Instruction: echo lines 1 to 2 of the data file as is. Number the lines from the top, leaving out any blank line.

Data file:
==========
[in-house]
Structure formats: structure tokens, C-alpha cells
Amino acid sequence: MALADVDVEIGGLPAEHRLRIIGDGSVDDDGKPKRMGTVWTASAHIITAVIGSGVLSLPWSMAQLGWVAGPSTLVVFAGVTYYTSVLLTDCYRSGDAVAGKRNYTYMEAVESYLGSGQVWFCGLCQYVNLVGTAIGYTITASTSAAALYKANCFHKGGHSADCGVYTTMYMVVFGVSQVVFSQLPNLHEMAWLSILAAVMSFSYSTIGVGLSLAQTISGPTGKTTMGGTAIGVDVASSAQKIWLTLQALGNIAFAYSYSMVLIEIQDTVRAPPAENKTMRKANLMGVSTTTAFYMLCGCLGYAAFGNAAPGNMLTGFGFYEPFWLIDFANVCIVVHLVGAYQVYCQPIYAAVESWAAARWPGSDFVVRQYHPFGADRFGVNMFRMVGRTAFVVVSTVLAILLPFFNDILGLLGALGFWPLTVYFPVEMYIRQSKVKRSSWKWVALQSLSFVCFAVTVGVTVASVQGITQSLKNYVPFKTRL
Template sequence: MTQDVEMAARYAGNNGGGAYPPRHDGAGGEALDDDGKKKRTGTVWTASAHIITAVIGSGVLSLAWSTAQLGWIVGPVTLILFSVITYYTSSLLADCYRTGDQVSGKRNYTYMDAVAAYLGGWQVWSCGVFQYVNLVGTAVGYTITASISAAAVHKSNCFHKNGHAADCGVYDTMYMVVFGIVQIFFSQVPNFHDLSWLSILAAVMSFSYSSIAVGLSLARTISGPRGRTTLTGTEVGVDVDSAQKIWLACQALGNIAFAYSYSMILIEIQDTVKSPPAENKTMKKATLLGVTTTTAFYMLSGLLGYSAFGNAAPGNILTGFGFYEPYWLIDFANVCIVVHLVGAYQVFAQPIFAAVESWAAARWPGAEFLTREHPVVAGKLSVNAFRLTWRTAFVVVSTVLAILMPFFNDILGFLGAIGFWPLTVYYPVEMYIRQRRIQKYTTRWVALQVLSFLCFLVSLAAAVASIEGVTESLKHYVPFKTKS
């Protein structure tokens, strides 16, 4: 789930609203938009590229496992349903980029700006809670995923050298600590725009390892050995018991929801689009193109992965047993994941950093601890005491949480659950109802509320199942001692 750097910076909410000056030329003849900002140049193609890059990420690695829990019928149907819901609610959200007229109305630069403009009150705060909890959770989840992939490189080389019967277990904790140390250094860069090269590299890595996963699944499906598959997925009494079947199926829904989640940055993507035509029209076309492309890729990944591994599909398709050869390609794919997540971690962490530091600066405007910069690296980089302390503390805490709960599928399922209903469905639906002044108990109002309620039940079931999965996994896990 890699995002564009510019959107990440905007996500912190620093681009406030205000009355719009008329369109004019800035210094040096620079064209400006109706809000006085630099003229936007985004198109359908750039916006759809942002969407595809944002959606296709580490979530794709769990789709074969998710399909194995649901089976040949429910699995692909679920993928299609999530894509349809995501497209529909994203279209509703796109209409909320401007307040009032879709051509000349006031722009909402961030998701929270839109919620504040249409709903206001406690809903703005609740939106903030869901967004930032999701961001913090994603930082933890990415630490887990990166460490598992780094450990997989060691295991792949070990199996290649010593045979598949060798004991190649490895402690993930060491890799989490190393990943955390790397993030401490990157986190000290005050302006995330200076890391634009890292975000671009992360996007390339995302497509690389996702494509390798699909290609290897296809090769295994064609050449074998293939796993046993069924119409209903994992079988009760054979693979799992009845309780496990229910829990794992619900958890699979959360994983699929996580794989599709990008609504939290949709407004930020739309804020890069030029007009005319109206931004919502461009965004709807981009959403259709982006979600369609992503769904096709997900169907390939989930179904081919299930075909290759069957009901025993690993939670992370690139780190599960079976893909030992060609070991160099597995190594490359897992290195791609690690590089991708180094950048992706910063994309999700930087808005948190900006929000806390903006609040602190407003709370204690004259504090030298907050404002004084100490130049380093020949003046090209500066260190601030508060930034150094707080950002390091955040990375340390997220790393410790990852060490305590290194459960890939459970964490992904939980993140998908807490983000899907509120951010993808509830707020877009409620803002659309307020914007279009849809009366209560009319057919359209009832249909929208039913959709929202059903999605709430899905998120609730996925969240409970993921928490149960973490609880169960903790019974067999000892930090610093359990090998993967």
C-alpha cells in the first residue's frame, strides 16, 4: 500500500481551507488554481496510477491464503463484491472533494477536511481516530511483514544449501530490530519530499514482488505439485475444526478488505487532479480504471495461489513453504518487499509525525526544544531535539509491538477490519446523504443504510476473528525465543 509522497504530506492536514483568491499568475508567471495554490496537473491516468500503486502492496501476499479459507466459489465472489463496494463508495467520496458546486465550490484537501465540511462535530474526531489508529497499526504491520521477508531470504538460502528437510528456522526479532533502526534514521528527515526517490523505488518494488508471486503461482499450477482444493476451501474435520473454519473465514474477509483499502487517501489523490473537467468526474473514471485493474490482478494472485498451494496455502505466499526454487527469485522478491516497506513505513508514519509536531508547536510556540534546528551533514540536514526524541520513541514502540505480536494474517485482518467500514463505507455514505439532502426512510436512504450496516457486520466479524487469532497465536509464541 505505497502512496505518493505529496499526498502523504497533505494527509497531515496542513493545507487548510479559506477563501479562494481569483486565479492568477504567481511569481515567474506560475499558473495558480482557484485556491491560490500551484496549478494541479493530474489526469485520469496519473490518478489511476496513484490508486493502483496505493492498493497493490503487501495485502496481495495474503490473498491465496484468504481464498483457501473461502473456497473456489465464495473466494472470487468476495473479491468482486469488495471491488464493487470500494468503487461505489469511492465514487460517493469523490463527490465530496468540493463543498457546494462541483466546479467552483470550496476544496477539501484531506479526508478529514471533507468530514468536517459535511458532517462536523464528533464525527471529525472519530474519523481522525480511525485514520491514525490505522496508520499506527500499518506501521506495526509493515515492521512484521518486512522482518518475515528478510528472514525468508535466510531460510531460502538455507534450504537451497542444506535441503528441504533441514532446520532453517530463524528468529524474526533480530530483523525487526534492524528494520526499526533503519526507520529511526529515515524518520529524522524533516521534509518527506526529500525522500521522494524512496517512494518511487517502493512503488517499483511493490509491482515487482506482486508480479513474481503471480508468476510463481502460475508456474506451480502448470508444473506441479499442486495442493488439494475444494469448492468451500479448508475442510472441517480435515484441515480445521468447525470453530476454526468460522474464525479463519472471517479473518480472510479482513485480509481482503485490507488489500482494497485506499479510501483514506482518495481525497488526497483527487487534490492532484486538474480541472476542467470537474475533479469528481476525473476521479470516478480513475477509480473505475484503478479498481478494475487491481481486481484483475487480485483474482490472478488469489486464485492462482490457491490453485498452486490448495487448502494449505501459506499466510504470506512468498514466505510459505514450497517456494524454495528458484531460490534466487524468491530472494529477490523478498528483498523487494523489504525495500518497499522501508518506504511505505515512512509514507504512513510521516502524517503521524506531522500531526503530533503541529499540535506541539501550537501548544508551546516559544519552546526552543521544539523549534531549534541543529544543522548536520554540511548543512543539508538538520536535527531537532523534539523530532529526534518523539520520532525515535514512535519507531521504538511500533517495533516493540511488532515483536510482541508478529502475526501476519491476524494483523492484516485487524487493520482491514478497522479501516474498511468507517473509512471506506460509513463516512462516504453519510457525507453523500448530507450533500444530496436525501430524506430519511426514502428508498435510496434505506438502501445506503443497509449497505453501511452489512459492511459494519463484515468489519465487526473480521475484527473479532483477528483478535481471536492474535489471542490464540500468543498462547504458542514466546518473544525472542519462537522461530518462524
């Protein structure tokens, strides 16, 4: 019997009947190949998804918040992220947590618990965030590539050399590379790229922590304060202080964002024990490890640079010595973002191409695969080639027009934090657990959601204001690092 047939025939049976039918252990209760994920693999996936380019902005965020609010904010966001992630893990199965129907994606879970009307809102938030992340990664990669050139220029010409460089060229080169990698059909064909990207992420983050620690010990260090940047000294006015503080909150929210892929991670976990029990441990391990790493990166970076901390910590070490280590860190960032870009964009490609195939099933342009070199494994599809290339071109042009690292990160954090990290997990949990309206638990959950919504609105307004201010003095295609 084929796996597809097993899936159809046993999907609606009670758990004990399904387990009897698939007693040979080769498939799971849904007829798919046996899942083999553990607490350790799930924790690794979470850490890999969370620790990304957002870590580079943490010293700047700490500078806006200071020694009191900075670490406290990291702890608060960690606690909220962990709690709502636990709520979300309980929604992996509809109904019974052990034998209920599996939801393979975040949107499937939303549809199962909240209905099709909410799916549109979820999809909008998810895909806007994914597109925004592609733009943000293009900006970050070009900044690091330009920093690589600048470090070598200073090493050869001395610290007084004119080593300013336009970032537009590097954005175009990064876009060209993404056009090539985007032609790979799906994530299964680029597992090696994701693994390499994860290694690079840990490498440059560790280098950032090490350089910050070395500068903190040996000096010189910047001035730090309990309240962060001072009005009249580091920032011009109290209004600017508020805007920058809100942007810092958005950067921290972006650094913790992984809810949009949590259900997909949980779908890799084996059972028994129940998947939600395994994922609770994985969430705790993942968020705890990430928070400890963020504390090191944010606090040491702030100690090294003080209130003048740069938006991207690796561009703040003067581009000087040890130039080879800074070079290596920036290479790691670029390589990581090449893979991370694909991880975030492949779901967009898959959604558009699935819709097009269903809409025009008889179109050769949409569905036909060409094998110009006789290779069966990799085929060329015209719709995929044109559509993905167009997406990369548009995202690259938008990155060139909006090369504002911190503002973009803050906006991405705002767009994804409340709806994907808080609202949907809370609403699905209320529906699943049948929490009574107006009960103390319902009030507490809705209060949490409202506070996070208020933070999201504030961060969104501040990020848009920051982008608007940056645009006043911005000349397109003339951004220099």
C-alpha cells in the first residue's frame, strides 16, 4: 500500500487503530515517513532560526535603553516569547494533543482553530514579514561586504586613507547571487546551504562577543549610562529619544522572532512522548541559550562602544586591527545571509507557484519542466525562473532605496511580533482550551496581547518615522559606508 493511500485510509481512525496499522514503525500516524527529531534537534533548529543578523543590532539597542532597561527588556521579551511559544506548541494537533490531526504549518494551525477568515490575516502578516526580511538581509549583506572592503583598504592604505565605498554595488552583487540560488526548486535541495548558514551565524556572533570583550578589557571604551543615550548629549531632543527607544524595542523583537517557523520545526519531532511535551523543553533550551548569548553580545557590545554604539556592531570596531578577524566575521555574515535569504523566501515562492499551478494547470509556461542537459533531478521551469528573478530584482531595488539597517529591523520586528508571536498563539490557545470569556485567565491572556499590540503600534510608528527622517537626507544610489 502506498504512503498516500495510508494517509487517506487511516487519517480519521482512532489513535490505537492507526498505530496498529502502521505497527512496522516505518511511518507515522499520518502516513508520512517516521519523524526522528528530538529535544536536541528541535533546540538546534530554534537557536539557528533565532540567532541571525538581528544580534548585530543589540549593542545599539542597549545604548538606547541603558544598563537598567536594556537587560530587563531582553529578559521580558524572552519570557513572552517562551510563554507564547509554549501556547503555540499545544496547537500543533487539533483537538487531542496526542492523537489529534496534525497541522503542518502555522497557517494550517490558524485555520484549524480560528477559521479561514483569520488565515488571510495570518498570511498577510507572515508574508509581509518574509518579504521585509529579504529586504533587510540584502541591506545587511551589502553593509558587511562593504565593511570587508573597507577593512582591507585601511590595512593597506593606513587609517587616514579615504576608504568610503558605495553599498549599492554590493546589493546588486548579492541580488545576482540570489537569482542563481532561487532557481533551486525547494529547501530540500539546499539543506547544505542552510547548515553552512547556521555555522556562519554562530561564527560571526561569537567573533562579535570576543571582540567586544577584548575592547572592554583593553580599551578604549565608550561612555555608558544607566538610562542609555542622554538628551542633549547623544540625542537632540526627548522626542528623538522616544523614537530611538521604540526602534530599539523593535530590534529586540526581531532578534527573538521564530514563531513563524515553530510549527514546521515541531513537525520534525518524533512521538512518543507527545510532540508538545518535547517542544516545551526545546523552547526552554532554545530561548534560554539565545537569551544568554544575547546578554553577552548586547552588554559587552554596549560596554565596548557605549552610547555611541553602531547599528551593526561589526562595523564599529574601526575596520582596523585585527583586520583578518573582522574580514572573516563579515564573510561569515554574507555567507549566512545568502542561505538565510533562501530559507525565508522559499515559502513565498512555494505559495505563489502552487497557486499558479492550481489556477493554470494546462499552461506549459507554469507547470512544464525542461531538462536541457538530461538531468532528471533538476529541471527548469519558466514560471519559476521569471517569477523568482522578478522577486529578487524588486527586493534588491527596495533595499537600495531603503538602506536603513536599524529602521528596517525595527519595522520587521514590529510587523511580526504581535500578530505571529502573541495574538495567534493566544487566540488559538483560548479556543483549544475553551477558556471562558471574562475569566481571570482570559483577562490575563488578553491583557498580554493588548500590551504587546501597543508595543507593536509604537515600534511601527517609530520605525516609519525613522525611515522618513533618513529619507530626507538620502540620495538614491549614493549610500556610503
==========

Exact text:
[in-house]
Structure formats: structure tokens, C-alpha cells